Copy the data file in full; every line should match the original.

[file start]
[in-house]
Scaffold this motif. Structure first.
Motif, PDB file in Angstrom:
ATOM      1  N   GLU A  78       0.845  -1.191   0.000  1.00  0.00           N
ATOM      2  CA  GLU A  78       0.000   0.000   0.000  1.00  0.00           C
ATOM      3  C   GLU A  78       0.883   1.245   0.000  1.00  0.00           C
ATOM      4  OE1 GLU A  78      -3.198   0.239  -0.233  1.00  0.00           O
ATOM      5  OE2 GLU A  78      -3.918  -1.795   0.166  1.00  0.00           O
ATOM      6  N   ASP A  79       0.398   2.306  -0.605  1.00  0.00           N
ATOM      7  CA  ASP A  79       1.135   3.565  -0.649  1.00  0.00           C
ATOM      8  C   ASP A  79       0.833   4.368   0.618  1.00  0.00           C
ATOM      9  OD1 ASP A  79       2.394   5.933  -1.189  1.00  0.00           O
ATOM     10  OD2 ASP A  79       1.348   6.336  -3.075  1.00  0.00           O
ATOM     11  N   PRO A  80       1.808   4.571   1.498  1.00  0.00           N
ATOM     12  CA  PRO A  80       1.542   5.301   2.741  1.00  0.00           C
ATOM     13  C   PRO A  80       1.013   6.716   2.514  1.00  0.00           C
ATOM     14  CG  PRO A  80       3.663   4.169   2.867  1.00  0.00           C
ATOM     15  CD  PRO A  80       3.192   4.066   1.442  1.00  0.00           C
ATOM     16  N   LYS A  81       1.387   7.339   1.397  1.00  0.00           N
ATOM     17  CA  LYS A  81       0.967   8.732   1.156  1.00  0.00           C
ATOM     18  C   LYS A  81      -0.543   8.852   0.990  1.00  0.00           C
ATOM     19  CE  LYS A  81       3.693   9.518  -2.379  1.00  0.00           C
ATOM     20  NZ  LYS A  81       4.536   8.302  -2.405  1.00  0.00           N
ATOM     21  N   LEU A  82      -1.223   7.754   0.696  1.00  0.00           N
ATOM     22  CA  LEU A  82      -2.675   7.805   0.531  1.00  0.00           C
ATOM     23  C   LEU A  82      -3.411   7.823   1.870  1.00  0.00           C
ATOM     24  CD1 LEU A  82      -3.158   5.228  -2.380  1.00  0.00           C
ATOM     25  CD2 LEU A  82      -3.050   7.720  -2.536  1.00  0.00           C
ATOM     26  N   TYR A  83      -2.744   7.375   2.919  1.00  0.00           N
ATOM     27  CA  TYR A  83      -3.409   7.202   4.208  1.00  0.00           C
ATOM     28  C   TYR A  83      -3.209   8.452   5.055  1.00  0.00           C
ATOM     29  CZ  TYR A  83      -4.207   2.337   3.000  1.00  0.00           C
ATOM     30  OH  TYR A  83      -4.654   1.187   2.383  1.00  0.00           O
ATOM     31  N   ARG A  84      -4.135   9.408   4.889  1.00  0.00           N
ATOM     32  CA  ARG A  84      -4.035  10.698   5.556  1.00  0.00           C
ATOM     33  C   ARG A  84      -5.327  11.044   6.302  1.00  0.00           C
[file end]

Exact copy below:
[in-house]
Scaffold this motif. Structure first.
Motif, PDB file in Angstrom:
ATOM      1  N   GLU A  78       0.845  -1.191   0.000  1.00  0.00           N
ATOM      2  CA  GLU A  78       0.000   0.000   0.000  1.00  0.00           C
ATOM      3  C   GLU A  78       0.883   1.245   0.000  1.00  0.00           C
ATOM      4  OE1 GLU A  78      -3.198   0.239  -0.233  1.00  0.00           O
ATOM      5  OE2 GLU A  78      -3.918  -1.795   0.166  1.00  0.00           O
ATOM      6  N   ASP A  79       0.398   2.306  -0.605  1.00  0.00           N
ATOM      7  CA  ASP A  79       1.135   3.565  -0.649  1.00  0.00           C
ATOM      8  C   ASP A  79       0.833   4.368   0.618  1.00  0.00           C
ATOM      9  OD1 ASP A  79       2.394   5.933  -1.189  1.00  0.00           O
ATOM     10  OD2 ASP A  79       1.348   6.336  -3.075  1.00  0.00           O
ATOM     11  N   PRO A  80       1.808   4.571   1.498  1.00  0.00           N
ATOM     12  CA  PRO A  80       1.542   5.301   2.741  1.00  0.00           C
ATOM     13  C   PRO A  80       1.013   6.716   2.514  1.00  0.00           C
ATOM     14  CG  PRO A  80       3.663   4.169   2.867  1.00  0.00           C
ATOM     15  CD  PRO A  80       3.192   4.066   1.442  1.00  0.00           C
ATOM     16  N   LYS A  81       1.387   7.339   1.397  1.00  0.00           N
ATOM     17  CA  LYS A  81       0.967   8.732   1.156  1.00  0.00           C
ATOM     18  C   LYS A  81      -0.543   8.852   0.990  1.00  0.00           C
ATOM     19  CE  LYS A  81       3.693   9.518  -2.379  1.00  0.00           C
ATOM     20  NZ  LYS A  81       4.536   8.302  -2.405  1.00  0.00           N
ATOM     21  N   LEU A  82      -1.223   7.754   0.696  1.00  0.00           N
ATOM     22  CA  LEU A  82      -2.675   7.805   0.531  1.00  0.00           C
ATOM     23  C   LEU A  82      -3.411   7.823   1.870  1.00  0.00           C
ATOM     24  CD1 LEU A  82      -3.158   5.228  -2.380  1.00  0.00           C
ATOM     25  CD2 LEU A  82      -3.050   7.720  -2.536  1.00  0.00           C
ATOM     26  N   TYR A  83      -2.744   7.375   2.919  1.00  0.00           N
ATOM     27  CA  TYR A  83      -3.409   7.202   4.208  1.00  0.00           C
ATOM     28  C   TYR A  83      -3.209   8.452   5.055  1.00  0.00           C
ATOM     29  CZ  TYR A  83      -4.207   2.337   3.000  1.00  0.00           C
ATOM     30  OH  TYR A  83      -4.654   1.187   2.383  1.00  0.00           O
ATOM     31  N   ARG A  84      -4.135   9.408   4.889  1.00  0.00           N
ATOM     32  CA  ARG A  84      -4.035  10.698   5.556  1.00  0.00           C
ATOM     33  C   ARG A  84      -5.327  11.044   6.302  1.00  0.00           C